The Peak culture Chip defined – the one which we aspire to achieve at G2 Crowd – starts with heart and authenticity at the core. We serve customers by not only meeting their expectations but also their desires and even their unrecognized needs. This turns customers into evangelists. We take care of our employees by providing fair compensation, recognizing their brilliant contributions, and letting them find meaning in the mission of company. We take care of investors by ensuring not only that we have transactional alignment by offering them sufficient returns, but also being aligned in how we work together, and ultimately having them take pride in our mission and their investment in our company.

Our mantras: How we roll

To personalize and codify our culture, we brainstormed our mantras. These are phrases that we enjoy living by, inspire us, or we just enjoy laughing at.  Together they define our culture:

•   Discourse it
•   Be authentic
•   Feel the flow
•   It’s the juice
•   Give ‘em the slap and tickle
•   Do it live
•   Feel the vibe of the tribe
•   Sprint. Stumble. Recover.
•   Make it beautiful
•   Hug it out
•   Share the joy

Our culture is a key to our success

Our culture helps us succeed by creating an environment in which our team members can perform to their natural best. We feel comfortable and can naturally give our all to learning and winning together. As a software company, our team is entirely composed of knowledge workers who rely upon intrinsic motivation to complete both creative and mundane tasks required to help our company win. We share a commitment to each other and the company that drives us relentlessly forward. Our energy flows into our product, our customers, and ultimately our financial success.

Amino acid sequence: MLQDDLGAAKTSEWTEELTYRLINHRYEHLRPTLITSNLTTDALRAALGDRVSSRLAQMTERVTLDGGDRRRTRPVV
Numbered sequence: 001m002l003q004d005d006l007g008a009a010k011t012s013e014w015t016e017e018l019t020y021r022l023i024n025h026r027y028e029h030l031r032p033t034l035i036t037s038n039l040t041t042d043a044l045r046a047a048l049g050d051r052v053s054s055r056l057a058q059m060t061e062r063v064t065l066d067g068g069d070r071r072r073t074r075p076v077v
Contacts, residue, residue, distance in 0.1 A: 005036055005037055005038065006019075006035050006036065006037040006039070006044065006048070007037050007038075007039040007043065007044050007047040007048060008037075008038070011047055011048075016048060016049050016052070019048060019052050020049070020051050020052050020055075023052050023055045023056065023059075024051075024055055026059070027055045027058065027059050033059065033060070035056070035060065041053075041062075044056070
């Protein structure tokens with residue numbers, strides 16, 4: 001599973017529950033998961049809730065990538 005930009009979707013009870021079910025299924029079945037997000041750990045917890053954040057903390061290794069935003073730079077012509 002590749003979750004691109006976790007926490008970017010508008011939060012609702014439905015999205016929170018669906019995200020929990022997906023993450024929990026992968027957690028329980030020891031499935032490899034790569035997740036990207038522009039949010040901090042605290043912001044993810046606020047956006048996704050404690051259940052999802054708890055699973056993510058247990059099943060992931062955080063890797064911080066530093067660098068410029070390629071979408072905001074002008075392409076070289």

Embedding our culture in our workspace

Our flexible and comfortable work environment supports and reinforces our culture. The office isn’t big or fancy, but it gives us a place to be together and learn from each other.  Most importantly for our high-tech team, we provide top-notch Apple laptops and monitors to all team members and a choice of standing or sitting desks, as well as ergonomic keyboard and mouses for those that want them. Because our space is a bit crowded, team members can also tunnel in by listening to music on company-purchased noise-canceling headsets.

In setting up our intimate space, we’ve attempted to optimize the feng shui to increase the flow of positive energy. All desks face the windows to maximize the amount of natural daylight we take in. We installed a small fountain so we can hear the soothing sound of running water. Our conference room wall is covered with flip charts that document our ideas and features a “tree of life” installed by our brilliant Chief of Design.

We have an office that’s centrally located and easily accessible to our whole team, which is spread out across Chicagoland. Many days we might be grinding through mundane tasks, but when we feel the overarching heart, authenticity, and meaning then it all becomes rewarding and life-fulfilling. We aspire to live at the peak at G2 Crowd.

This was published as a guest post on the Chicago Creative Space blog.